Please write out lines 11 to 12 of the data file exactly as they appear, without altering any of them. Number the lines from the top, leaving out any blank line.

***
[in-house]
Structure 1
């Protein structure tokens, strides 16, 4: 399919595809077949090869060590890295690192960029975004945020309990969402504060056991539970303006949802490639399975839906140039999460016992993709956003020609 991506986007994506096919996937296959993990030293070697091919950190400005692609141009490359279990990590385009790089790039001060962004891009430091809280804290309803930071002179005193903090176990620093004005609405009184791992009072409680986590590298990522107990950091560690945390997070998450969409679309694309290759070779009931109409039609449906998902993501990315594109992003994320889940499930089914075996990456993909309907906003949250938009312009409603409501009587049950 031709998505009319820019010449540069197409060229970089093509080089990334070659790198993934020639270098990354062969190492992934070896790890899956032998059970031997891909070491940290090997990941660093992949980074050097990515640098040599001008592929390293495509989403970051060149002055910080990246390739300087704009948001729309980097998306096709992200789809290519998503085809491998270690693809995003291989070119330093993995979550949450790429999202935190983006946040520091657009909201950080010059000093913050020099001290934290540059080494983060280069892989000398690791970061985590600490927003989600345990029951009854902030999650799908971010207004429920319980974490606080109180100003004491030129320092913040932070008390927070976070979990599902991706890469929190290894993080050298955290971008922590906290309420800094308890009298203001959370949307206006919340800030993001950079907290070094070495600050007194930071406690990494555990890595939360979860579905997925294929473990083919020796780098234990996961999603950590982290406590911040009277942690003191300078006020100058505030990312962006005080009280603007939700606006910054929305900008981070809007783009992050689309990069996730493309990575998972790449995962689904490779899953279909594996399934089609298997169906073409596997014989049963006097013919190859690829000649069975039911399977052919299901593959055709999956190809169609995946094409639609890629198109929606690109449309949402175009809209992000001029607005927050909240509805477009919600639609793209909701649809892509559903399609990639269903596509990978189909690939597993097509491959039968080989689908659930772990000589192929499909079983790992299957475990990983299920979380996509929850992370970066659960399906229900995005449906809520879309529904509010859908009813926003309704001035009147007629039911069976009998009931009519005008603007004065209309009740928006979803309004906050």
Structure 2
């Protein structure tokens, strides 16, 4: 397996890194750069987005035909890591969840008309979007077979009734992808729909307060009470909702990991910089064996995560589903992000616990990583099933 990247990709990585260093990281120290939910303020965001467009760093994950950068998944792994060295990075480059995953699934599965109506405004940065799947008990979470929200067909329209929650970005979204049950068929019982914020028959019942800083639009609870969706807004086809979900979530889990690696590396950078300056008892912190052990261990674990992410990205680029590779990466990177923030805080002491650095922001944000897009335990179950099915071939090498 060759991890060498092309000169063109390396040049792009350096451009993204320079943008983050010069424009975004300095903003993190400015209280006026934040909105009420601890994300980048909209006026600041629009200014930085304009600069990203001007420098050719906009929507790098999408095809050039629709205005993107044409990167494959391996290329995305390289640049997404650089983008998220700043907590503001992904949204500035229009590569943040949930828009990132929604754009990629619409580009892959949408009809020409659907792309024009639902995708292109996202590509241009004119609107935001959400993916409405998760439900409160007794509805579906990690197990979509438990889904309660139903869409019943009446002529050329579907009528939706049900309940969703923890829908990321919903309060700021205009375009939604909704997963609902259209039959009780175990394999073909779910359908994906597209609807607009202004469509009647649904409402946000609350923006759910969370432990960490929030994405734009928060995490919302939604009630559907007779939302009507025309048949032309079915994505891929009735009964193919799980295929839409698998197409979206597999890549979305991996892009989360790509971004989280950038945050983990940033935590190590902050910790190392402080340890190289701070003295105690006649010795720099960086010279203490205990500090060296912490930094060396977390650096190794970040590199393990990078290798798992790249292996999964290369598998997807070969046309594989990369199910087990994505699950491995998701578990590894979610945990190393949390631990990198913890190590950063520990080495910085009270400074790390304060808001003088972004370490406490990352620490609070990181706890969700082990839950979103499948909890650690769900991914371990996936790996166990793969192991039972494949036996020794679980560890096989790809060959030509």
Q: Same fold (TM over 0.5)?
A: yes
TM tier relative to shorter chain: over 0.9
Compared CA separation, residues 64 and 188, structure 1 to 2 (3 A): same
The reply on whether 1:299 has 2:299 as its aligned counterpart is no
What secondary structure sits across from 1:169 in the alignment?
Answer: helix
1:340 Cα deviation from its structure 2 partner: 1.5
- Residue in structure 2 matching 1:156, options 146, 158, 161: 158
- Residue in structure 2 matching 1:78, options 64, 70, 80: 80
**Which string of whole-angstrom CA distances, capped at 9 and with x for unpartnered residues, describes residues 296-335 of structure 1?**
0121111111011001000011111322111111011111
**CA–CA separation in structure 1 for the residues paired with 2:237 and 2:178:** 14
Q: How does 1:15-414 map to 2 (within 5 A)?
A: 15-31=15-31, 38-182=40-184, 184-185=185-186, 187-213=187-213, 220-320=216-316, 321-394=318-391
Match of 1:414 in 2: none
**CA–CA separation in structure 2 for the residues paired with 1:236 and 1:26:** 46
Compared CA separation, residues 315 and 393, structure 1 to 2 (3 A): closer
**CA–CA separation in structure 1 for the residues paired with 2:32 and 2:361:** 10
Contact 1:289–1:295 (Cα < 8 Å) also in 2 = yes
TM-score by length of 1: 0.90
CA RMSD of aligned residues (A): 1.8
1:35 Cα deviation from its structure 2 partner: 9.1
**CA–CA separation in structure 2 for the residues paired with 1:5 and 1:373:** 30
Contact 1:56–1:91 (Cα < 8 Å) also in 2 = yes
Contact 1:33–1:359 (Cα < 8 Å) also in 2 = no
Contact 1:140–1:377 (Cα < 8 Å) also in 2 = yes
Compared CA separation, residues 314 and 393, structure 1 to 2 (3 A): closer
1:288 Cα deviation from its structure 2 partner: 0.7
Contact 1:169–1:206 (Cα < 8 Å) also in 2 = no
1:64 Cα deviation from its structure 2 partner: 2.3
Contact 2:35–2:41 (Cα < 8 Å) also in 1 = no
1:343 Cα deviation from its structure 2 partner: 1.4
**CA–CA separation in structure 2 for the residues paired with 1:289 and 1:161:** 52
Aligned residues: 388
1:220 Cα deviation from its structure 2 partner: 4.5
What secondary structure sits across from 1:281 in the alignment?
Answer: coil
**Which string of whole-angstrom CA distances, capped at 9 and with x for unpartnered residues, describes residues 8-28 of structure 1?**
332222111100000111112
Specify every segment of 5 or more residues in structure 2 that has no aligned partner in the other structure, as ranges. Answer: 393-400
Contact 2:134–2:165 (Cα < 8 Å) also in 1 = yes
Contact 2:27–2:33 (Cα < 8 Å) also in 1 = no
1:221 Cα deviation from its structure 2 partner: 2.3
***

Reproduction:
What secondary structure sits across from 1:169 in the alignment?
Answer: helix